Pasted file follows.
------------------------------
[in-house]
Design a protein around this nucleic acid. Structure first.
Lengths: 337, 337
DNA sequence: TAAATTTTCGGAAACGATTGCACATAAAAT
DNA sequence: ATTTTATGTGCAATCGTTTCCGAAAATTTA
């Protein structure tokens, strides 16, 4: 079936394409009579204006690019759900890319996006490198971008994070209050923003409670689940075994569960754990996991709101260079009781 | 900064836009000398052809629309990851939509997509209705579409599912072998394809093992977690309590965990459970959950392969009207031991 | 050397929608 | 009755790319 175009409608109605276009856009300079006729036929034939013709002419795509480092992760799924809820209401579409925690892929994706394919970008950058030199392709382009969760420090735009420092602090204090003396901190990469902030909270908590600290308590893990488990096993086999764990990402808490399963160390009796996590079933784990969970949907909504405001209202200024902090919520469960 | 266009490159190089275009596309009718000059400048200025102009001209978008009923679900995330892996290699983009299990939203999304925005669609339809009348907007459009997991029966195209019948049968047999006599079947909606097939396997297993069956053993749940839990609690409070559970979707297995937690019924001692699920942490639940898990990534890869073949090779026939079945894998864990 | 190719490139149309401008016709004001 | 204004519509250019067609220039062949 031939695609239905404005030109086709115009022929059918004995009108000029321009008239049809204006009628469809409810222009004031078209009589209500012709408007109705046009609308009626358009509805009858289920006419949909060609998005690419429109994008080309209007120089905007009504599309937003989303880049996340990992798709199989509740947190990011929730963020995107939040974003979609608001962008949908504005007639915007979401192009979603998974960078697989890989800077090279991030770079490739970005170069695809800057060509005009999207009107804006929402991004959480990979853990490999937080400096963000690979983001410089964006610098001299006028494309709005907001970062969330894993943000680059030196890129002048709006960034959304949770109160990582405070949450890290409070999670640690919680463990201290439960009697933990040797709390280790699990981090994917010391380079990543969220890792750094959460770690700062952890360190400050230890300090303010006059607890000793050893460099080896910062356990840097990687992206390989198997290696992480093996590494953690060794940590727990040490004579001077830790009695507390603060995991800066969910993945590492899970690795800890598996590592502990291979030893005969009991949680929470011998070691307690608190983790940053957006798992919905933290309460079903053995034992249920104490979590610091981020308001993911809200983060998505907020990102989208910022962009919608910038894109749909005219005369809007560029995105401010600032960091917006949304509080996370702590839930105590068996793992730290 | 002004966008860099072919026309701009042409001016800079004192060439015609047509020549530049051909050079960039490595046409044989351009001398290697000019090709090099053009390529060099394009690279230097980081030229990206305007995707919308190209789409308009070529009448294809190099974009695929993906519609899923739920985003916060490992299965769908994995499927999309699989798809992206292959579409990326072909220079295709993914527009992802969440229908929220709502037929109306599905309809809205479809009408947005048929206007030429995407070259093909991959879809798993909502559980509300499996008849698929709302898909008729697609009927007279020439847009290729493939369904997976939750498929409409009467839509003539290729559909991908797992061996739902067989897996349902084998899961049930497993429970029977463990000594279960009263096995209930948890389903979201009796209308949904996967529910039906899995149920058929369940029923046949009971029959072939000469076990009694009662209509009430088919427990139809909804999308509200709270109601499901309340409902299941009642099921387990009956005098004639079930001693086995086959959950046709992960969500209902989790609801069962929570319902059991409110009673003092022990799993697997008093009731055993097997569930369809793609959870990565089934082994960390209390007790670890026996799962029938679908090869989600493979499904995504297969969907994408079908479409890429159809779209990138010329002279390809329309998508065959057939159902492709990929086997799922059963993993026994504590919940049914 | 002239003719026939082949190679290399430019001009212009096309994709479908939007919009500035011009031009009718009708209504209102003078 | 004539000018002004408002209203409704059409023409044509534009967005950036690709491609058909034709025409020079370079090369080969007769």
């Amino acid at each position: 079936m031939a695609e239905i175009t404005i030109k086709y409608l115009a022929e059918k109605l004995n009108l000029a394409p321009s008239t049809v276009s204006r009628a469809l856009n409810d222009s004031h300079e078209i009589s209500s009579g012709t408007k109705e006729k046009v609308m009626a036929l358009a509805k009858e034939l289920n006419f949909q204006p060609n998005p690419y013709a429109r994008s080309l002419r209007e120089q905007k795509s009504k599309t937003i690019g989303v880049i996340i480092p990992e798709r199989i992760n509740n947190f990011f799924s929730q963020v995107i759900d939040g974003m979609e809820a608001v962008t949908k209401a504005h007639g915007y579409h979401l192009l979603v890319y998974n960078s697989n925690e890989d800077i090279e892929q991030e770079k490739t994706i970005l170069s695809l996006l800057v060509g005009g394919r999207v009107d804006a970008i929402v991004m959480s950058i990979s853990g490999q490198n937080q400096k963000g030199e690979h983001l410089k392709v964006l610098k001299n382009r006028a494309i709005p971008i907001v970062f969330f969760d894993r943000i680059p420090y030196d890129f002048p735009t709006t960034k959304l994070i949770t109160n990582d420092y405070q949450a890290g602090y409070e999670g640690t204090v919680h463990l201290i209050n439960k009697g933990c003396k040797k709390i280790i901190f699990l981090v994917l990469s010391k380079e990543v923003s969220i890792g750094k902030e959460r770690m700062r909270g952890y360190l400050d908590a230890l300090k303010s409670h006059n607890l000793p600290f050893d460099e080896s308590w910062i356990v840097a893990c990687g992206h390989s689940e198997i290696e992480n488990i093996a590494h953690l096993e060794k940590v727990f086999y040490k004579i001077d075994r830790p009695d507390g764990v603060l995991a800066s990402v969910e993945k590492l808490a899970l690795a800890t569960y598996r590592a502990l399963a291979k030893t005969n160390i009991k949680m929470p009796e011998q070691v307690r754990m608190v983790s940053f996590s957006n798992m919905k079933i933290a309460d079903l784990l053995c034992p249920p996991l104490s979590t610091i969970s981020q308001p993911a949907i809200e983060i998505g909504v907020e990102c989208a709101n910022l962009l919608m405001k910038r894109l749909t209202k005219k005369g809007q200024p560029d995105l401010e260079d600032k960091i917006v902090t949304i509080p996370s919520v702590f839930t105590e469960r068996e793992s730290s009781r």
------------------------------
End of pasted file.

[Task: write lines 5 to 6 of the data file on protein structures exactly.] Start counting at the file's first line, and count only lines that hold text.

DNA sequence: ATTTTATGTGCAATCGTTTCCGAAAATTTA
């Protein structure tokens, strides 16, 4: 079936394409009579204006690019759900890319996006490198971008994070209050923003409670689940075994569960754990996991709101260079009781 | 900064836009000398052809629309990851939509997509209705579409599912072998394809093992977690309590965990459970959950392969009207031991 | 050397929608 | 009755790319 175009409608109605276009856009300079006729036929034939013709002419795509480092992760799924809820209401579409925690892929994706394919970008950058030199392709382009969760420090735009420092602090204090003396901190990469902030909270908590600290308590893990488990096993086999764990990402808490399963160390009796996590079933784990969970949907909504405001209202200024902090919520469960 | 266009490159190089275009596309009718000059400048200025102009001209978008009923679900995330892996290699983009299990939203999304925005669609339809009348907007459009997991029966195209019948049968047999006599079947909606097939396997297993069956053993749940839990609690409070559970979707297995937690019924001692699920942490639940898990990534890869073949090779026939079945894998864990 | 190719490139149309401008016709004001 | 204004519509250019067609220039062949 031939695609239905404005030109086709115009022929059918004995009108000029321009008239049809204006009628469809409810222009004031078209009589209500012709408007109705046009609308009626358009509805009858289920006419949909060609998005690419429109994008080309209007120089905007009504599309937003989303880049996340990992798709199989509740947190990011929730963020995107939040974003979609608001962008949908504005007639915007979401192009979603998974960078697989890989800077090279991030770079490739970005170069695809800057060509005009999207009107804006929402991004959480990979853990490999937080400096963000690979983001410089964006610098001299006028494309709005907001970062969330894993943000680059030196890129002048709006960034959304949770109160990582405070949450890290409070999670640690919680463990201290439960009697933990040797709390280790699990981090994917010391380079990543969220890792750094959460770690700062952890360190400050230890300090303010006059607890000793050893460099080896910062356990840097990687992206390989198997290696992480093996590494953690060794940590727990040490004579001077830790009695507390603060995991800066969910993945590492899970690795800890598996590592502990291979030893005969009991949680929470011998070691307690608190983790940053957006798992919905933290309460079903053995034992249920104490979590610091981020308001993911809200983060998505907020990102989208910022962009919608910038894109749909005219005369809007560029995105401010600032960091917006949304509080996370702590839930105590068996793992730290 | 002004966008860099072919026309701009042409001016800079004192060439015609047509020549530049051909050079960039490595046409044989351009001398290697000019090709090099053009390529060099394009690279230097980081030229990206305007995707919308190209789409308009070529009448294809190099974009695929993906519609899923739920985003916060490992299965769908994995499927999309699989798809992206292959579409990326072909220079295709993914527009992802969440229908929220709502037929109306599905309809809205479809009408947005048929206007030429995407070259093909991959879809798993909502559980509300499996008849698929709302898909008729697609009927007279020439847009290729493939369904997976939750498929409409009467839509003539290729559909991908797992061996739902067989897996349902084998899961049930497993429970029977463990000594279960009263096995209930948890389903979201009796209308949904996967529910039906899995149920058929369940029923046949009971029959072939000469076990009694009662209509009430088919427990139809909804999308509200709270109601499901309340409902299941009642099921387990009956005098004639079930001693086995086959959950046709992960969500209902989790609801069962929570319902059991409110009673003092022990799993697997008093009731055993097997569930369809793609959870990565089934082994960390209390007790670890026996799962029938679908090869989600493979499904995504297969969907994408079908479409890429159809779209990138010329002279390809329309998508065959057939159902492709990929086997799922059963993993026994504590919940049914 | 002239003719026939082949190679290399430019001009212009096309994709479908939007919009500035011009031009009718009708209504209102003078 | 004539000018002004408002209203409704059409023409044509534009967005950036690709491609058909034709025409020079370079090369080969007769």